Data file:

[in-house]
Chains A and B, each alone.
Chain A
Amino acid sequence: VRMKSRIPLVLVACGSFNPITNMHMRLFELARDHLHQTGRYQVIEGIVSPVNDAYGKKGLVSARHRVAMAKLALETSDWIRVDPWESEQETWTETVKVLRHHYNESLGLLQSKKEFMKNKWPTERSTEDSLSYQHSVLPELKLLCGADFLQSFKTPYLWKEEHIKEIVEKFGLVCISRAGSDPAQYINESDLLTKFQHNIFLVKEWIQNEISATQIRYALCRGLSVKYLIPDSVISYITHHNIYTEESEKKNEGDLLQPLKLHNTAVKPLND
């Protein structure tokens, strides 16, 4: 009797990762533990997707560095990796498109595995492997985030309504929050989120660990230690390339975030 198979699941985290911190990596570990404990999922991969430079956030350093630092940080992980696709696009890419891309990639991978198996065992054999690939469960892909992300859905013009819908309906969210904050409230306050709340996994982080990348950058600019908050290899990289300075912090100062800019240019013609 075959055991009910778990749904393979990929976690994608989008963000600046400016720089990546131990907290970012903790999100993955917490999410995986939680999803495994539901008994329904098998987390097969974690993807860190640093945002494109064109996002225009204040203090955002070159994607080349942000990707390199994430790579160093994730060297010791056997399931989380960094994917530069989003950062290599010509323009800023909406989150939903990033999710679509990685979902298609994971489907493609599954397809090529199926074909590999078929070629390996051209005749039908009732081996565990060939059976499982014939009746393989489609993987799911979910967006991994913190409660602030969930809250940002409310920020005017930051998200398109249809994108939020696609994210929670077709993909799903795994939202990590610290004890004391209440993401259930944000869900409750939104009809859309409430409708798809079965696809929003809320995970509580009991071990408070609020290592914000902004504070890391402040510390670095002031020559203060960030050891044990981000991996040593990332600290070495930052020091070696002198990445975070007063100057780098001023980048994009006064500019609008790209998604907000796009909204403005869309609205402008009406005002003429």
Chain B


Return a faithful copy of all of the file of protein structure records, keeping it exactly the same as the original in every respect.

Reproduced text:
[in-house]
Chains A and B, each alone.
Chain A
Amino acid sequence: VRMKSRIPLVLVACGSFNPITNMHMRLFELARDHLHQTGRYQVIEGIVSPVNDAYGKKGLVSARHRVAMAKLALETSDWIRVDPWESEQETWTETVKVLRHHYNESLGLLQSKKEFMKNKWPTERSTEDSLSYQHSVLPELKLLCGADFLQSFKTPYLWKEEHIKEIVEKFGLVCISRAGSDPAQYINESDLLTKFQHNIFLVKEWIQNEISATQIRYALCRGLSVKYLIPDSVISYITHHNIYTEESEKKNEGDLLQPLKLHNTAVKPLND
């Protein structure tokens, strides 16, 4: 009797990762533990997707560095990796498109595995492997985030309504929050989120660990230690390339975030 198979699941985290911190990596570990404990999922991969430079956030350093630092940080992980696709696009890419891309990639991978198996065992054999690939469960892909992300859905013009819908309906969210904050409230306050709340996994982080990348950058600019908050290899990289300075912090100062800019240019013609 075959055991009910778990749904393979990929976690994608989008963000600046400016720089990546131990907290970012903790999100993955917490999410995986939680999803495994539901008994329904098998987390097969974690993807860190640093945002494109064109996002225009204040203090955002070159994607080349942000990707390199994430790579160093994730060297010791056997399931989380960094994917530069989003950062290599010509323009800023909406989150939903990033999710679509990685979902298609994971489907493609599954397809090529199926074909590999078929070629390996051209005749039908009732081996565990060939059976499982014939009746393989489609993987799911979910967006991994913190409660602030969930809250940002409310920020005017930051998200398109249809994108939020696609994210929670077709993909799903795994939202990590610290004890004391209440993401259930944000869900409750939104009809859309409430409708798809079965696809929003809320995970509580009991071990408070609020290592914000902004504070890391402040510390670095002031020559203060960030050891044990981000991996040593990332600290070495930052020091070696002198990445975070007063100057780098001023980048994009006064500019609008790209998604907000796009909204403005869309609205402008009406005002003429």
Chain B